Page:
By allowing ads to appear on this site, you support the local businesses who, in turn, support great journalism.
The Knights way: How new Johnson boys basketball coach Chris Guthrie plans to return the program to its winning ways
07122019 GUTHRIE 001.jpg
Johnson High School's new basketball coach Chris Guthrie, right, assists Scott Odum, a rising junior, with his shooting form during a summer practice in Gainesville on Wednesday, July 10, 2019. - photo by Austin Steele

Brand new Johnson High boys basketball coach Chris Guthrie has been coaching the sport in some capacity for over 30 years, and in that time, he’s seen a little bit of everything.

Through primarily assistant coaching roles at Lumpkin County and Chestatee, Guthrie feels like he’s figured out what works and what doesn’t when it comes to leading kids and turning individuals into teams. Now that he’s signed on with the Knights, he hopes to implement some of what he’s learned.

“As an assistant, what I would try to do is put in the philosophy of the head coach,” Guthrie said. “You have to put what you want to do on the back burner sometimes. But as a head coach, it’s your philosophy.”

So what does that entail?

For Guthrie, it all starts with relationships. In his early days as a coach, he often found himself relying on his position to maintain control over his athletes. But over the years, he came to find that investing in the players’ personal lives was a much more effective method of building team cohesion and loyalty.

“With relationships, not only do you get a chance to know kids and hopefully help them become who they can become, but kids are much more likely to do what you ask them to do if they know that you are invested in them with that relationship,” he said. “That means spending time asking about their home life, asking about their classes, asking about what they did the past weekend, just really getting to know them and developing relationships.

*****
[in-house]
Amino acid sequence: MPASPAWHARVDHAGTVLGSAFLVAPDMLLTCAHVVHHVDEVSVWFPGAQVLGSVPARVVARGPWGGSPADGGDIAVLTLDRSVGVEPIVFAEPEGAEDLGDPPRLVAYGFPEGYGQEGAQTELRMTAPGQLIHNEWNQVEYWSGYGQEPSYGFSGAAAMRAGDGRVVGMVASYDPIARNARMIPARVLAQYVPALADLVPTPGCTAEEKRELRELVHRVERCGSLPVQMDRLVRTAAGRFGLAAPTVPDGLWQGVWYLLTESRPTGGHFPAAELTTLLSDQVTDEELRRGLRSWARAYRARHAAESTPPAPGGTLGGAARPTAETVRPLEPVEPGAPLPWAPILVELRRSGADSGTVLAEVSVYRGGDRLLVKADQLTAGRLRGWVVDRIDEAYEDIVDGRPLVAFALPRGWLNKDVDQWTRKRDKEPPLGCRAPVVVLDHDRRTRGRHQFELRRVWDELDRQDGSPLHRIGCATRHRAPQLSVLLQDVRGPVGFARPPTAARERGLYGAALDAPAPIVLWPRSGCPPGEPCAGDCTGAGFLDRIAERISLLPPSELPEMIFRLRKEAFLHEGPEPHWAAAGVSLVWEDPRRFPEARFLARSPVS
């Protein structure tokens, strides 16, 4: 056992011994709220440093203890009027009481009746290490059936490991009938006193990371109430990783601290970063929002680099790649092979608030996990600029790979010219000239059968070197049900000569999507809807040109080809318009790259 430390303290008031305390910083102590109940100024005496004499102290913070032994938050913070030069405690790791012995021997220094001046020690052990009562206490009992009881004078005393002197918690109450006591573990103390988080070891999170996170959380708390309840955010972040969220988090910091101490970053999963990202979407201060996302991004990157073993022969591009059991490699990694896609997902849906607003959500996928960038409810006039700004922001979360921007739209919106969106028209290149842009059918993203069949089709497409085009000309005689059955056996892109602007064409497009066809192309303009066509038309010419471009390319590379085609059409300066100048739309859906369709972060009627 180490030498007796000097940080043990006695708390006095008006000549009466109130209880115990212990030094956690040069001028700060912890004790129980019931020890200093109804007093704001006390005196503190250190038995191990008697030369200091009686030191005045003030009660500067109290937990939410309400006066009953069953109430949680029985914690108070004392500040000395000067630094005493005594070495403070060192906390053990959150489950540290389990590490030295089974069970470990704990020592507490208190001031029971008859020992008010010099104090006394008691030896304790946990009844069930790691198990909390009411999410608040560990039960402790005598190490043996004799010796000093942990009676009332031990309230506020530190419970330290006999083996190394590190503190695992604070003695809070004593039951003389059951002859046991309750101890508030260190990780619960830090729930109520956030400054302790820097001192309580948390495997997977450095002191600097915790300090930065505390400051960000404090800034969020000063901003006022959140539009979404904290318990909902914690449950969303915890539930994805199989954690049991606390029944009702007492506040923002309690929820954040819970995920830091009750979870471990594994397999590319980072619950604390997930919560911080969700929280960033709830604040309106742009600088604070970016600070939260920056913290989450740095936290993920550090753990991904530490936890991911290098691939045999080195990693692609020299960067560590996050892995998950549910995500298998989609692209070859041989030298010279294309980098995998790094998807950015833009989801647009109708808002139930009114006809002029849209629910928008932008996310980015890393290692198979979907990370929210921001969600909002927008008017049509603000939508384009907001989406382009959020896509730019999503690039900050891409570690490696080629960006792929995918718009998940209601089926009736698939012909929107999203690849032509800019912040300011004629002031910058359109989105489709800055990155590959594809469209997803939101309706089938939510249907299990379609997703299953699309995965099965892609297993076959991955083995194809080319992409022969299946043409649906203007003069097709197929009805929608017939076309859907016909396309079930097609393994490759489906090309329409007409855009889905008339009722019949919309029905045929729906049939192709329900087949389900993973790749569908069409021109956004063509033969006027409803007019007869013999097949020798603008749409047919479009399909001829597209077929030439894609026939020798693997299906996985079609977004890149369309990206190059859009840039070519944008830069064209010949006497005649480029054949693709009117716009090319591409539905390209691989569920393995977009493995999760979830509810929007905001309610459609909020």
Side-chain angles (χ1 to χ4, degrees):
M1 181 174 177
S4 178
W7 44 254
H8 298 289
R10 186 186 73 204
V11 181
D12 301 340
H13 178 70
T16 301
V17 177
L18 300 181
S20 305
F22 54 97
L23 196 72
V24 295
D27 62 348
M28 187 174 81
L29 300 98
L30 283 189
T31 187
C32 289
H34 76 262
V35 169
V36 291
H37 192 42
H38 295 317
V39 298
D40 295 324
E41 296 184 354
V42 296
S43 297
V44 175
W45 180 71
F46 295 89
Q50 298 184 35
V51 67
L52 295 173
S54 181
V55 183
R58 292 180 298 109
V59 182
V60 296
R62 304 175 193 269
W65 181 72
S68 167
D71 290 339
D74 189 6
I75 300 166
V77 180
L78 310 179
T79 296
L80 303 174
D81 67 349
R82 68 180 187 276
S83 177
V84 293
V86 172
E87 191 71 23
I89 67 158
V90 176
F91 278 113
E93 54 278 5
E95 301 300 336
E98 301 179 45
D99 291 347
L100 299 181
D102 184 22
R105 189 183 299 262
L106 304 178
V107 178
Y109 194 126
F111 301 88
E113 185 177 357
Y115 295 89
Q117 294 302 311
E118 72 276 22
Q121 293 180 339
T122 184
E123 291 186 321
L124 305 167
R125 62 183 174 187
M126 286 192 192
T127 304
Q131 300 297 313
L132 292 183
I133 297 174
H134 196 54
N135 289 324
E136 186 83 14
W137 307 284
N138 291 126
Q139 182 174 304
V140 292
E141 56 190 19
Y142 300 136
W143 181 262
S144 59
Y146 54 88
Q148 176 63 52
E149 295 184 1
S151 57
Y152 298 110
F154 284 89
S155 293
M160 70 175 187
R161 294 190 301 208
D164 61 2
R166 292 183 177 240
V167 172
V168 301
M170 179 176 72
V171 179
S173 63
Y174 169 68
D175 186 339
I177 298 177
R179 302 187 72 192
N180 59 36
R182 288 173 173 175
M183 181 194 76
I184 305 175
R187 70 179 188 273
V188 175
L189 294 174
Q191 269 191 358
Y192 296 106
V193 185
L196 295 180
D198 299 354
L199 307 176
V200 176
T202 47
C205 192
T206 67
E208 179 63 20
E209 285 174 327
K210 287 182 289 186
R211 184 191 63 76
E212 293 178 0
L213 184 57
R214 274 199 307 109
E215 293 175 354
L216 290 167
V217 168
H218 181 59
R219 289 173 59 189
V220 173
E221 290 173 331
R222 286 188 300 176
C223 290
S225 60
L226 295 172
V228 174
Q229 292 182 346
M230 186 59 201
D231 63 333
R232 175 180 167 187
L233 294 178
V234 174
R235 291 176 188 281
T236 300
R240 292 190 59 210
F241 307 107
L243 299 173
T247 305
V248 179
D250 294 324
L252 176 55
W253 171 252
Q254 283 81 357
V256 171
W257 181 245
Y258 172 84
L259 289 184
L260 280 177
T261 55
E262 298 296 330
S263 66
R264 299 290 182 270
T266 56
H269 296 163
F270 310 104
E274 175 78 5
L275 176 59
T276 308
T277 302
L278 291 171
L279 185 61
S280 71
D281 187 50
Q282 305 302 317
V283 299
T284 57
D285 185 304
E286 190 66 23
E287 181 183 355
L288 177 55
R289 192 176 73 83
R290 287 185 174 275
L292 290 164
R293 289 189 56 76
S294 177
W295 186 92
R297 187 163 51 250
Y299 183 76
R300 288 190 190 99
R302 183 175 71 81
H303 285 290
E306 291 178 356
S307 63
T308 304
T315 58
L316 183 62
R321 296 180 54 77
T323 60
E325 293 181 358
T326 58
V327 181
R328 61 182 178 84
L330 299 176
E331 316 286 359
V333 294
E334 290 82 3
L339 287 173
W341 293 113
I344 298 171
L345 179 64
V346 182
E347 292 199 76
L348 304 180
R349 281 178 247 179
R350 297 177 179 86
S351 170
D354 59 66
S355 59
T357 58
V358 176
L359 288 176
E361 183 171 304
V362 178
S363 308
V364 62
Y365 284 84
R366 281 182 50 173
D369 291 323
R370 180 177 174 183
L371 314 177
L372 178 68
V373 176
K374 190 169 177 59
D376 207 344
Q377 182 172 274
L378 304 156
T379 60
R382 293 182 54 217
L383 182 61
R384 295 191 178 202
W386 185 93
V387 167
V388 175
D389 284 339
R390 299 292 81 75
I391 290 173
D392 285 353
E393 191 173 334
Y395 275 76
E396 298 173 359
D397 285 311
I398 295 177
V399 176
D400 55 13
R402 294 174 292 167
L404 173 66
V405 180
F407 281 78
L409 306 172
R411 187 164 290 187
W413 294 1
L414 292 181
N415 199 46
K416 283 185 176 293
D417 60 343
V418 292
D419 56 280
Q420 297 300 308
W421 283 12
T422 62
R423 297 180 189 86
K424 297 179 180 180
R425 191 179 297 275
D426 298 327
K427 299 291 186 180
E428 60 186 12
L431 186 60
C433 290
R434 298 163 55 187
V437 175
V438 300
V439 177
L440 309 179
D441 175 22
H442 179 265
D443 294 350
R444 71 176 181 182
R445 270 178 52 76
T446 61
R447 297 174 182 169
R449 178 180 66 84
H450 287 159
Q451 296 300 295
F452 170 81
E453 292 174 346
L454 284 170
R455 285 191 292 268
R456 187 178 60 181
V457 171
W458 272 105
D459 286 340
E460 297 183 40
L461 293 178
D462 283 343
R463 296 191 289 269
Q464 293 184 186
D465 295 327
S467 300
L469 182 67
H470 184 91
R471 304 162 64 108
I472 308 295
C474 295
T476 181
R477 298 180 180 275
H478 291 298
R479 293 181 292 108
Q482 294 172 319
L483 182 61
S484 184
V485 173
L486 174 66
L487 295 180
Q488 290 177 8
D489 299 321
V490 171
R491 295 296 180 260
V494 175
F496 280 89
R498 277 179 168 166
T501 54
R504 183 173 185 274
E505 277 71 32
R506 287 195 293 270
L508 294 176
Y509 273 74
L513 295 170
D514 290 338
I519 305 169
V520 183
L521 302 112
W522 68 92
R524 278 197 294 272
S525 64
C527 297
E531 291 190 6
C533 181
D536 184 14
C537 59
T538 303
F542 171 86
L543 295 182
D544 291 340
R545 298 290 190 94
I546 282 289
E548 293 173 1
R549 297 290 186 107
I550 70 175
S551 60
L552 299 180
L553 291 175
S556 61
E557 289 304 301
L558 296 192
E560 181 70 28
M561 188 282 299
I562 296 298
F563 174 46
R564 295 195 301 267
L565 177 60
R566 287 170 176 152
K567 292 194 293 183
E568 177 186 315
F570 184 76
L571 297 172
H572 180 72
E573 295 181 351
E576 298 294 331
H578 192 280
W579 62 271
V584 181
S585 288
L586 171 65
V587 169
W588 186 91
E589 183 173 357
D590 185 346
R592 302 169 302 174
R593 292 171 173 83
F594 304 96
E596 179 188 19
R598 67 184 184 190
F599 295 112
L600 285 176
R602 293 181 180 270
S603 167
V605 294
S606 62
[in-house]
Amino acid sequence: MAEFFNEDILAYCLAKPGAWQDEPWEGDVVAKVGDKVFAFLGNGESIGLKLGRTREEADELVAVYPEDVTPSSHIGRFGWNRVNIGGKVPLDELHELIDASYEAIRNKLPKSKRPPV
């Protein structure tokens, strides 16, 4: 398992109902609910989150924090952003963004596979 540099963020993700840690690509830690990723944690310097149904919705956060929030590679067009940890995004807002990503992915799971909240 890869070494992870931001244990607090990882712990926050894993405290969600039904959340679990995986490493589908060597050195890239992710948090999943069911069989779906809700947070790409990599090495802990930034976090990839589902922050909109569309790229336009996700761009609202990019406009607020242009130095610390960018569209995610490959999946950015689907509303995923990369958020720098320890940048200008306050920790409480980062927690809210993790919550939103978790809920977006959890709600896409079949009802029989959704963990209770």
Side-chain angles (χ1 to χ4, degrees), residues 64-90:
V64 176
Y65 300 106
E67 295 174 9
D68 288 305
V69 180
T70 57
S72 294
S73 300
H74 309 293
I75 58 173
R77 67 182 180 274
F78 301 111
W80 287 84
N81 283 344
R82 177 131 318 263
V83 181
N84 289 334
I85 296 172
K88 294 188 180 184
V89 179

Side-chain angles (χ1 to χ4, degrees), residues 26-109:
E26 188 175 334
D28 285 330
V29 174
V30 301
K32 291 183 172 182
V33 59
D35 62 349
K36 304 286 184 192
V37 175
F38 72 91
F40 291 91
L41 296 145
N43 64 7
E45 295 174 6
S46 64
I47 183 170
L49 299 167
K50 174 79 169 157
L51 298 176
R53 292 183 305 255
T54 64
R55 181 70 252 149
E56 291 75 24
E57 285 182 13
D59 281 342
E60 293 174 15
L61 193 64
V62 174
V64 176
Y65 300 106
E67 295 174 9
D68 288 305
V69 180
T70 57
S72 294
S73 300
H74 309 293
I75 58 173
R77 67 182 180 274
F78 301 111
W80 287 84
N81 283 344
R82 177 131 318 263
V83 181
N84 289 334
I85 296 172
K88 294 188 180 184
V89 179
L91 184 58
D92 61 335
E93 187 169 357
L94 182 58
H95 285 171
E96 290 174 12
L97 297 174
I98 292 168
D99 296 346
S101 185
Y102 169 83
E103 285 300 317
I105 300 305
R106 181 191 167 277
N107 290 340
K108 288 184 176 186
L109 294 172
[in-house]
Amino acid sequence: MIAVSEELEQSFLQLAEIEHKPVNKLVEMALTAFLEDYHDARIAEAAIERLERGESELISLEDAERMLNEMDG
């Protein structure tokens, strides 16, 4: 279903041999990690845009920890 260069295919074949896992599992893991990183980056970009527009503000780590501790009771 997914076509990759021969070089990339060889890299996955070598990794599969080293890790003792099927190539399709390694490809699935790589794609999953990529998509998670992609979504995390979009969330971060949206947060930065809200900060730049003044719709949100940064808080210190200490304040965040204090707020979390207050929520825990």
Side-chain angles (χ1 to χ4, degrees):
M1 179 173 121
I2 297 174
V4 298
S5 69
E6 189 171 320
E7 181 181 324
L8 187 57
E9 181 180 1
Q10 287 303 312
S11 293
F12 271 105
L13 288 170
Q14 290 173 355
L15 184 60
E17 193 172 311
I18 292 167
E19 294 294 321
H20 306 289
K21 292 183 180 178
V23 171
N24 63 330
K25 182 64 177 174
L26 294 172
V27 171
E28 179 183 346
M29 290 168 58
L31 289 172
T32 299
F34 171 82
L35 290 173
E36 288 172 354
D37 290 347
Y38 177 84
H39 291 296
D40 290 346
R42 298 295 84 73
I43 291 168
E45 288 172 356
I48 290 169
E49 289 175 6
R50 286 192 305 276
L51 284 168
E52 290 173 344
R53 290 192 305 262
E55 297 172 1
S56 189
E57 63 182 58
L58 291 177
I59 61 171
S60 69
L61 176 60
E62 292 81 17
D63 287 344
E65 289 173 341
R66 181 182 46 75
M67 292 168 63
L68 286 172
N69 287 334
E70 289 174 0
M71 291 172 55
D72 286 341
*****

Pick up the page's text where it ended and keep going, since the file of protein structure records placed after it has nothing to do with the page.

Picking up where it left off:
“To me, that’s the first thing, is having a relationship with the kids.”

Johnson has had a different head basketball coach in each of the past three seasons, making it difficult for members of the rising senior class to ever fully trust a coach’s investment in them. Guthrie acknowledged this potential barrier, making sure to emphasize his intentions of sticking with the Knights for the long haul. 

After more than 30 years of coaching at the high school level, Guthrie is comfortable with the fact that he’s “not expecting Georgia Tech to call me and say hey, we need a new basketball coach” anytime soon.

“I’m not looking to get this job so I can get another job,” he said. “I want to invest in the kids. I want to be somewhere where I can clean up an office, organize stuff, get kids to understand what it takes to become good, develop a program, kind of put that in place. I’m not just here to make myself look good and hopefully go somewhere else.”

When it comes to developing a program, Guthrie plans on establishing a culture based on the Johnson creed that he refers to as “the Knight’s way.” He hopes to emphasize the importance of honesty, respect and personal responsibility, along with toughness on the court. 

He’s even been looking upon the past for some inspiration. 

“I’ve been researching medieval knights and what they meant, the fact they had commitment, character, those kinds of things, to try to emphasize that and play off the theme of who we are,” Guthrie said. “Because we’re the knights.”

With Johnson coming off four consecutive losing seasons, Guthrie knows he has his work cut out for him, but for now, he’s staying focused on the little things. He plans to teach sound fundamentals and defensive toughness, with a focus on not being outworked on the court. 

Further down the road, he hopes to bring Johnson back to the winning ways of its past, no matter how long that process may take.

“I would like to see us get back to a place where we’re having winning seasons, where we’re consistently getting into the state tournament, where we have a chance to make a run in the state tournament, however far that is,” Guthrie said. “I want the kids and parents and the community to be proud of who they have here, not me, but what the program is as far as being able to compete and coming to the games on Friday nights and seeing good basketball.”

Regional events